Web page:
Focus on the Family

Focus on the Family with Jim Daly

The Value of A Life Worth Living

The Value of A Life Worth Living

Joni Eareckson Tada tells the story of a woman named Kim who suffered from Lou Gehrig's disease and sought Joni's counsel on end-of-life questions. Joni describes how she encouraged Kim with the Bible's testimony that each day of our life can have an eternal impact.

Original Air Date: March 27, 2013


John Fuller: Today on “Focus on the Family” Joni Eareckson Tada shares her perspective on life.


Joni Eareckson Tada: God gives you a 24-hour slice of time in which your investments will have eternal repercussions.

End of Excerpt

John: It makes you want to slow down and appreciate each day, doesn’t it? And we’ll hear more from Joni today with Focus president, Jim Daly and I’m John Fuller.

Jim Daly: John, we have an unusual broadcast today as we kick off Sanctity of Human Life Week. Joni Eareckson Tada is gonna be speaking about what makes a life worth living. As you may know, Joni is a quadriplegic as a result of a diving accident when she was just 17-years-old. And over the years, she’s become an advocate for people with a wide range of disabilities and she’s very familiar with end-of-life issues as we’re gonna hear in a moment. This is one of those unforgettable perspectives on the meaning of life.

John: And here’s Joni Eareckson Tada, speaking to a group of pregnancy resource center directors back when those centers were called CPCs and you’ll hear her refer to that on today’s “Focus on the Family.”


Joni: (Sigh) You know, friends, rather than talk about me and my wheelchair—I do a lot of that—do you mind if I talk about somebody else I know in a wheelchair and how she found life worth living? When I first encountered Kim, she was one of those who was really struggling with the worth of her soul, the meaning of her life. Let me explain to you how Kim and I got acquainted.

I’m often involved in disability advocacy on pro-life issues that are facing all of us in our own communities. Often I’ll write [for] Time magazine and a couple of times I was on CNN’s “Crossfire.” And I enjoy speaking out on these issues. So, I am known to many as a disability advocate.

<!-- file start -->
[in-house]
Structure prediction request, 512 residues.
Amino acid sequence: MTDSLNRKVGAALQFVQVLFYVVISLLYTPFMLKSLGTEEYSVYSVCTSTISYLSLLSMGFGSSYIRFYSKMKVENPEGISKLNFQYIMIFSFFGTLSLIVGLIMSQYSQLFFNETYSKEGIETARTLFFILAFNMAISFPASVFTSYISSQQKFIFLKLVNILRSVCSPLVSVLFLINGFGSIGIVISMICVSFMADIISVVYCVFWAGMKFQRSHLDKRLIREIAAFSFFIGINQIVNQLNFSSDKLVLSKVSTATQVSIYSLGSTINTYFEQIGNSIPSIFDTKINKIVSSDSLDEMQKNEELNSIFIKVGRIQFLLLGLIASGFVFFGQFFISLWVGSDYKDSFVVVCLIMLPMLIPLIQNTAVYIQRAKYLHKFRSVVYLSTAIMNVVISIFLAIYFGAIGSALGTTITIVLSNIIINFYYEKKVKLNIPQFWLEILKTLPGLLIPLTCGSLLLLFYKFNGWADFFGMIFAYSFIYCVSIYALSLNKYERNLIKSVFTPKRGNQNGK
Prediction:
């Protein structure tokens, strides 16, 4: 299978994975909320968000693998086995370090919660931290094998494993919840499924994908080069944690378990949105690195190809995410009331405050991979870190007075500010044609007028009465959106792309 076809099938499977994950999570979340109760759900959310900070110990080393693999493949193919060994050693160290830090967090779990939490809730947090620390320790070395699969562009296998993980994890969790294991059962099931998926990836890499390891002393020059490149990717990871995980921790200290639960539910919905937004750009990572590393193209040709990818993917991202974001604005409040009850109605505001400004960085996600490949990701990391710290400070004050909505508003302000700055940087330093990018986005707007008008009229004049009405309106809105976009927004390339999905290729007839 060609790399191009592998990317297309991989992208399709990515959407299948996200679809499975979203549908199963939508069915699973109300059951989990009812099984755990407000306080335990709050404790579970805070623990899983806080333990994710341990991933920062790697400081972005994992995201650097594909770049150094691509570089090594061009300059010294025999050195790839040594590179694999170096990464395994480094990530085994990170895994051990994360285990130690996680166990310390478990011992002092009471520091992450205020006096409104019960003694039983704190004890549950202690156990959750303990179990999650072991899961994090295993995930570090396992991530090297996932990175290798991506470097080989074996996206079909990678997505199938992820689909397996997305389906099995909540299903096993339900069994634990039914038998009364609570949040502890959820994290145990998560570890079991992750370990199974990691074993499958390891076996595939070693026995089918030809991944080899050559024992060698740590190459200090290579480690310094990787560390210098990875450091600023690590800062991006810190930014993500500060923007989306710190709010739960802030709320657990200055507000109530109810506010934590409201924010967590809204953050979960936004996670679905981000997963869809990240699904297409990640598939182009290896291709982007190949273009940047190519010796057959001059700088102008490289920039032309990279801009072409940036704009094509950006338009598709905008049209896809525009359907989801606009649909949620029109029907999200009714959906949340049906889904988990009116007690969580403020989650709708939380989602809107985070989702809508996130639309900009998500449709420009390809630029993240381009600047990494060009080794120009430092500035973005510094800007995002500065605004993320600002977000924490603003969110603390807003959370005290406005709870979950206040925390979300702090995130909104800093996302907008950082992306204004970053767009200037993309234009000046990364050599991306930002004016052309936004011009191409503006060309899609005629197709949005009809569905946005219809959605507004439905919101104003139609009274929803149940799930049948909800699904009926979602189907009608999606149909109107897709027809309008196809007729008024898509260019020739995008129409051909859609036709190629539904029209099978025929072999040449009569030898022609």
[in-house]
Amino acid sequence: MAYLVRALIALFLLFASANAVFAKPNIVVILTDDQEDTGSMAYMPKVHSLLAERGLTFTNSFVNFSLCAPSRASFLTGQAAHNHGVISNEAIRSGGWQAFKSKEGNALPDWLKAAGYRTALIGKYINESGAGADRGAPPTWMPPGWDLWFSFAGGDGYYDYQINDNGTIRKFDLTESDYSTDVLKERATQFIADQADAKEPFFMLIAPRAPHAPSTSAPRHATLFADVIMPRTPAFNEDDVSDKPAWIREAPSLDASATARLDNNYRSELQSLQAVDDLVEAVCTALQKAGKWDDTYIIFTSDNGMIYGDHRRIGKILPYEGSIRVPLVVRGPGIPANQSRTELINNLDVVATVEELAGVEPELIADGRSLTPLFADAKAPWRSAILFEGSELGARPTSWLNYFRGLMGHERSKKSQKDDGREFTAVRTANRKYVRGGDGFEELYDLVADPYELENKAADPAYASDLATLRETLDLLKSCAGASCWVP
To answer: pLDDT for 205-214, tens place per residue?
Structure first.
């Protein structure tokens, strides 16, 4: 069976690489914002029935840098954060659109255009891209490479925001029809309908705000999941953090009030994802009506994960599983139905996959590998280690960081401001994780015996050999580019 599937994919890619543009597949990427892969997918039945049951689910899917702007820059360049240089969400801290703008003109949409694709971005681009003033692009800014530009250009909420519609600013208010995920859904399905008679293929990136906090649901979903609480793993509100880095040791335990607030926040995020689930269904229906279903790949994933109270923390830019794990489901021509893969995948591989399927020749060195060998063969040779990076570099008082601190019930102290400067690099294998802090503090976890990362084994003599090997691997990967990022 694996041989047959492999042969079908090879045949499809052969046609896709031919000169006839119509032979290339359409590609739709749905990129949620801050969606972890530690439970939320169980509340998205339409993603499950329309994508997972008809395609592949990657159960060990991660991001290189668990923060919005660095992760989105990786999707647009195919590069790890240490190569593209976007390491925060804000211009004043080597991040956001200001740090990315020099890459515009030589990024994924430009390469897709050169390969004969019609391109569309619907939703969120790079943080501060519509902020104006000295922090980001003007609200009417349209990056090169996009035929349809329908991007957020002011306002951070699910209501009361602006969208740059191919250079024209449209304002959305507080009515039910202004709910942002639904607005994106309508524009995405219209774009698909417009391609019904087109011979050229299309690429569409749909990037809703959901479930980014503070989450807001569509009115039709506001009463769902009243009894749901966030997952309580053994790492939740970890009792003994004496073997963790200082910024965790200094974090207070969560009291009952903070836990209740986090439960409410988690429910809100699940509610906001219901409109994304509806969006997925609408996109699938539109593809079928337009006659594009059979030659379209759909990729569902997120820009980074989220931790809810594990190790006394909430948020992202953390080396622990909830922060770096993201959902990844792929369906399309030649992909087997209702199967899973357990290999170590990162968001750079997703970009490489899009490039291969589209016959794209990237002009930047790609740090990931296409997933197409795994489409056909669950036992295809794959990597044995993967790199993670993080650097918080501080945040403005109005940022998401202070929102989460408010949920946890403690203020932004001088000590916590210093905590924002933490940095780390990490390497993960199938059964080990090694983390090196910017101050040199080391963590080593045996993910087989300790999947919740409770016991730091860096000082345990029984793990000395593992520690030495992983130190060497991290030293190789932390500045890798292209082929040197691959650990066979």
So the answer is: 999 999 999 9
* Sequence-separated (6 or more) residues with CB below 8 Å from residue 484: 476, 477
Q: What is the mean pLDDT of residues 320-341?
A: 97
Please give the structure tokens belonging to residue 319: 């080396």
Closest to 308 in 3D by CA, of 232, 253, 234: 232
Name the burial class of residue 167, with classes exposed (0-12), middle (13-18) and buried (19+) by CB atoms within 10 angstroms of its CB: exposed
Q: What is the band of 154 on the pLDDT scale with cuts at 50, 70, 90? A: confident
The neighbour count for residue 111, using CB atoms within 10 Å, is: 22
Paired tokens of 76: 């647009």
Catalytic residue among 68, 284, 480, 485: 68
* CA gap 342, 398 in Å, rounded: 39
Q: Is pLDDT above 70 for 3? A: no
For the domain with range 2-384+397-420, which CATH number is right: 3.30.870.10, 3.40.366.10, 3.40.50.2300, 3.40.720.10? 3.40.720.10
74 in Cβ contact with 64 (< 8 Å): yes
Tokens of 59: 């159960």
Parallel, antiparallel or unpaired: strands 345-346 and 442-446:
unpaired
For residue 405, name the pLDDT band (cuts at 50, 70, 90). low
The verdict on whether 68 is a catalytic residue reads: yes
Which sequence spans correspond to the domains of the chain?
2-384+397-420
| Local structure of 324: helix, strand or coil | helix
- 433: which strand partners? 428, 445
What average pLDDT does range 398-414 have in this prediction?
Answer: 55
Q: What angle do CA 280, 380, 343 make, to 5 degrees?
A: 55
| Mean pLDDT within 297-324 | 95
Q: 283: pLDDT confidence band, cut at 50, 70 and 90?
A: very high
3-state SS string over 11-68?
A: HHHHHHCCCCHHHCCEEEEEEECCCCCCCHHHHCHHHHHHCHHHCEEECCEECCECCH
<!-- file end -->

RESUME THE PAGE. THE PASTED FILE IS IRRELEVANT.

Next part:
Well, I received a phone call at our office from an elder back in Pennsylvania. The elder of a little church in central Pennsylvania had called to tell me that there was a young woman in his congregation that he felt could use some encouragement and perhaps in fact, if I would be so kind as to call her, maybe I might even answer a couple of her questions—some really tough, hard-hitting questions about, as he put it, “life worth living.”

And so, I learned that this young woman, Kim, was a young girl in her mid-20s, who had an unusual case of Lou Gehrig’s. Lou Gehrig’s disease, as most of you may know, is a severely debilitating neuromuscular disease that most folks get when they push 40, 50-years-old. But here this girl was in her mid-20s.

So, I dialed my handicapped-equipped phone and I got Kim’s mother on the other end. And Kim’s mom was very excited that I had called. She explained to me Kim was now out of her wheelchair and pretty much debilitated to the point of lying in bed 24 hours a day. And in fact, she had a feeding tube and here lately, Kim was havin’ difficulty breathing.

“And Joni,” she said, “Kim’s facing some tough choices that maybe you can help her with.” So, her mother placed the phone receiver tucked under Kim’s ear against the pillow and Kim and I proceeded to have a conversation. It was a little one-sided, because it was very difficult to hear her; her breathing was so labored and so short.

And she said to me, “Joni, I love Jesus. I love praying. I love the idea of going to heaven. I love my family, my friends, love my church, but I can’t breathe very good. And here lately, they’ve told me that soon I may have to go on a breathing machine, a respirator. And I’m not so sure that’s something that I want to do. But I’m afraid to make a decision that will dishonor the Lord. So, I need you to tell me what I oughta do. Should I say yes to a respirator? Or should I say no?”

This was a real-live, warm human being who was wrestling with whether or not her life was worth living. And so, I told her. I said, “Kim, I know we probably won’t get a chance to talk face to face this side of heaven and I can only say so much over a telephone and forgive me if I’m quick and to the point and rather blunt. But you seem to be asking an honest question and so, Kim, I will tell you this. Get as close to the facts as you possibly can.

I mean, Kim, Lou Gehrig’s disease is a pretty complicated thing. And boy, I’m sure hopin’ that you’re connected with a doctor who shares the same life values with you, because Kim, we’ve lost the intimacy of the old doctor-patient relationship. You find a doctor who you can really share life values with. And Kim, then you’re gonna have to pray for God’s hand-tailored wisdom, because that’s the way He gives it, Kim, never a pat formula, never advice from heaven that’s point one, two, three, four five or easy step A, B, C, D, E.